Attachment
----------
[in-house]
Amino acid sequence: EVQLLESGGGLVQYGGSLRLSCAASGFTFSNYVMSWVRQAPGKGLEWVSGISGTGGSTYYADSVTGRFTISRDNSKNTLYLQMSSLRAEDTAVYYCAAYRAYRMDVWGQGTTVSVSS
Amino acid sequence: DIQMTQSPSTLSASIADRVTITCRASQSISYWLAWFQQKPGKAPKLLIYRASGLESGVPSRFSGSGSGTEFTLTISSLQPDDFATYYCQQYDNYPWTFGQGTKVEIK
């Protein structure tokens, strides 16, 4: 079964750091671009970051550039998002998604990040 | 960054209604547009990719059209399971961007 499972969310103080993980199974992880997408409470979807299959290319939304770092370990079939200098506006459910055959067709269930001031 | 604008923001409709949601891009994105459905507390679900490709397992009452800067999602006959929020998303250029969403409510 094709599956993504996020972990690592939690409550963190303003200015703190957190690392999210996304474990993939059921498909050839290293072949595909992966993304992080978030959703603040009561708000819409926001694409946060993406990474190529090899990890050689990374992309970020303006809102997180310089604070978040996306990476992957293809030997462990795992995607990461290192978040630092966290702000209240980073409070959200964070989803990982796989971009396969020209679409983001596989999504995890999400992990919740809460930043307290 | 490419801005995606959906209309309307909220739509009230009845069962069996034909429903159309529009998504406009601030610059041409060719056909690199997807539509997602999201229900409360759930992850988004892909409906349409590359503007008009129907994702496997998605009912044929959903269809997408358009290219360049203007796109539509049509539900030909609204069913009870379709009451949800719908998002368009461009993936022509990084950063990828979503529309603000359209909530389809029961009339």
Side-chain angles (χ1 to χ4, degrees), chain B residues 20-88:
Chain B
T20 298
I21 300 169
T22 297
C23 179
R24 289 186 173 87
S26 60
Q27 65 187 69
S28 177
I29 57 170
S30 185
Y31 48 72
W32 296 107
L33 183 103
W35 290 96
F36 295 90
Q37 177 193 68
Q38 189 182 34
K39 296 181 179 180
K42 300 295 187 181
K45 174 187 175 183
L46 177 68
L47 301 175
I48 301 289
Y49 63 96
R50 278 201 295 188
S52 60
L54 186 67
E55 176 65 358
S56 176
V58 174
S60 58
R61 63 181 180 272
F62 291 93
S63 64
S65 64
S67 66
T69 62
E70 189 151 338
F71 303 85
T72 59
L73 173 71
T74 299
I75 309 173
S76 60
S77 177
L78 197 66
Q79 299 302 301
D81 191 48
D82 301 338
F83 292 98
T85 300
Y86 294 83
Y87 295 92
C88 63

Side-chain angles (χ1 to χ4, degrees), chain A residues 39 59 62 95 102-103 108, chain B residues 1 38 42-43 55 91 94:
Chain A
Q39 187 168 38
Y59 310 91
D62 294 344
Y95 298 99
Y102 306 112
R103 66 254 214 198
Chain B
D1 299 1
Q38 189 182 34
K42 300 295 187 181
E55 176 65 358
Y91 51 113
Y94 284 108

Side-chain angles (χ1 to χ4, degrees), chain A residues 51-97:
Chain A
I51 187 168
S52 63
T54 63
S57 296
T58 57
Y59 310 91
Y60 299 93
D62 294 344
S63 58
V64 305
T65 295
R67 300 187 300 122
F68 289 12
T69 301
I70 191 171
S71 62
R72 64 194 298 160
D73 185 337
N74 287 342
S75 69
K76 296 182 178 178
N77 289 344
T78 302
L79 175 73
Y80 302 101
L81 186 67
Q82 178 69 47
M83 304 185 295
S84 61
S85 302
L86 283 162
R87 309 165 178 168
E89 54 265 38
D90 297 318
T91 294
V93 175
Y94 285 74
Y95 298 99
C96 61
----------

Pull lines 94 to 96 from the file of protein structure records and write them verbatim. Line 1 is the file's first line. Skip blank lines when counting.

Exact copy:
R72 64 194 298 160
D73 185 337
N74 287 342